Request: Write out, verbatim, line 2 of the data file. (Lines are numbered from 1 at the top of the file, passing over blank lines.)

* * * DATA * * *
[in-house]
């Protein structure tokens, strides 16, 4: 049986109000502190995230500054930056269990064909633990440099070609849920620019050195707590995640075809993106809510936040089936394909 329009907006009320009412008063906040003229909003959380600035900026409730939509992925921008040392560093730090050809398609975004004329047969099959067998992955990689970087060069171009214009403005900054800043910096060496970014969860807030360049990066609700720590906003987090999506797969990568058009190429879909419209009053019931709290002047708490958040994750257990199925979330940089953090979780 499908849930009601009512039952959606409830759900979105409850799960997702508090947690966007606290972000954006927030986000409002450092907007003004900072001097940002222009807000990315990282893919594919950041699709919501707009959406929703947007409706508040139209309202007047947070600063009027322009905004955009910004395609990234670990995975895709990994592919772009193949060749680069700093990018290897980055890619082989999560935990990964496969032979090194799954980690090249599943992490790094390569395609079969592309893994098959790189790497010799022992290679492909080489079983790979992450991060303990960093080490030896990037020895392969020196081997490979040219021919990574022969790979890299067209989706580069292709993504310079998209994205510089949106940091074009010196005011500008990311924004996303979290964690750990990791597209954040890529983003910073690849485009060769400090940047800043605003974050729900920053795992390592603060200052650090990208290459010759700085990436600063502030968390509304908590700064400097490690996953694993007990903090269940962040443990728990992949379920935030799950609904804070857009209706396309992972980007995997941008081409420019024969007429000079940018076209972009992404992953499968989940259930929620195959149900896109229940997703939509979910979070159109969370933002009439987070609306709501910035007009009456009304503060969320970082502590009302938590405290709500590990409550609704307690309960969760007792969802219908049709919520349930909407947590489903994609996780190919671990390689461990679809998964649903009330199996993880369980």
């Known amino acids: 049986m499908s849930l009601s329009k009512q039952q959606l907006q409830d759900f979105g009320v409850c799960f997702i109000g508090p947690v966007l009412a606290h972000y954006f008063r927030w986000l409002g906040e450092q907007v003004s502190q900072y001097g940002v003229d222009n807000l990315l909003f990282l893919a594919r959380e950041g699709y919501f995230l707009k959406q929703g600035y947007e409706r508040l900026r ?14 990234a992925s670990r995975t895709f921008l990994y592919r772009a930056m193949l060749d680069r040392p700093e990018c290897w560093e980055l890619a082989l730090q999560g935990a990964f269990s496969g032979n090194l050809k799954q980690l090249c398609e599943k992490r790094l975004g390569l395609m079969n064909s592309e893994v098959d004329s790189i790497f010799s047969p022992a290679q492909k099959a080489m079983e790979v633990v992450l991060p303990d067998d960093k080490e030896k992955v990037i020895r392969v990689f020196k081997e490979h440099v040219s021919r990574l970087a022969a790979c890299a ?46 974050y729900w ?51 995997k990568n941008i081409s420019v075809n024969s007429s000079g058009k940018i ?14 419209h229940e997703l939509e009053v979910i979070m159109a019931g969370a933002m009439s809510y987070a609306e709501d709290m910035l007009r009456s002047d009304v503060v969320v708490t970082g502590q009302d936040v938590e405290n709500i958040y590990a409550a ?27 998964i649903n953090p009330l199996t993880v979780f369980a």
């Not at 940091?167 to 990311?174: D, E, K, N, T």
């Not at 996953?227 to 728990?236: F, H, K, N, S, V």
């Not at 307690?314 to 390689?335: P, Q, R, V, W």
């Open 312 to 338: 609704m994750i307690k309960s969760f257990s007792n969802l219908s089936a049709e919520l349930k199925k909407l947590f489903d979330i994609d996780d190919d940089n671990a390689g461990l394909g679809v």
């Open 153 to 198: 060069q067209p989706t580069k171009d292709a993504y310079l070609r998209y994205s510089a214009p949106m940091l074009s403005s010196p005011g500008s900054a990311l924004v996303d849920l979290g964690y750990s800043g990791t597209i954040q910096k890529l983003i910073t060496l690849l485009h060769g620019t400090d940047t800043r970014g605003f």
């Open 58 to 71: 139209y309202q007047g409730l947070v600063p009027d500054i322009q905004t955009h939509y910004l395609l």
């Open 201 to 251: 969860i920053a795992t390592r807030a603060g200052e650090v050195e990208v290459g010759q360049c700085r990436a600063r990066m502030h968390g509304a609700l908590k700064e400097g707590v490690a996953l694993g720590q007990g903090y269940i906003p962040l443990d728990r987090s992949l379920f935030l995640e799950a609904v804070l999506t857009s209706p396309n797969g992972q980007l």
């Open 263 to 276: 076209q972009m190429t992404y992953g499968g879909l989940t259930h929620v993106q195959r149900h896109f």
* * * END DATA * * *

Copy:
């Protein structure tokens, strides 16, 4: 049986109000502190995230500054930056269990064909633990440099070609849920620019050195707590995640075809993106809510936040089936394909 329009907006009320009412008063906040003229909003959380600035900026409730939509992925921008040392560093730090050809398609975004004329047969099959067998992955990689970087060069171009214009403005900054800043910096060496970014969860807030360049990066609700720590906003987090999506797969990568058009190429879909419209009053019931709290002047708490958040994750257990199925979330940089953090979780 499908849930009601009512039952959606409830759900979105409850799960997702508090947690966007606290972000954006927030986000409002450092907007003004900072001097940002222009807000990315990282893919594919950041699709919501707009959406929703947007409706508040139209309202007047947070600063009027322009905004955009910004395609990234670990995975895709990994592919772009193949060749680069700093990018290897980055890619082989999560935990990964496969032979090194799954980690090249599943992490790094390569395609079969592309893994098959790189790497010799022992290679492909080489079983790979992450991060303990960093080490030896990037020895392969020196081997490979040219021919990574022969790979890299067209989706580069292709993504310079998209994205510089949106940091074009010196005011500008990311924004996303979290964690750990990791597209954040890529983003910073690849485009060769400090940047800043605003974050729900920053795992390592603060200052650090990208290459010759700085990436600063502030968390509304908590700064400097490690996953694993007990903090269940962040443990728990992949379920935030799950609904804070857009209706396309992972980007995997941008081409420019024969007429000079940018076209972009992404992953499968989940259930929620195959149900896109229940997703939509979910979070159109969370933002009439987070609306709501910035007009009456009304503060969320970082502590009302938590405290709500590990409550609704307690309960969760007792969802219908049709919520349930909407947590489903994609996780190919671990390689461990679809998964649903009330199996993880369980």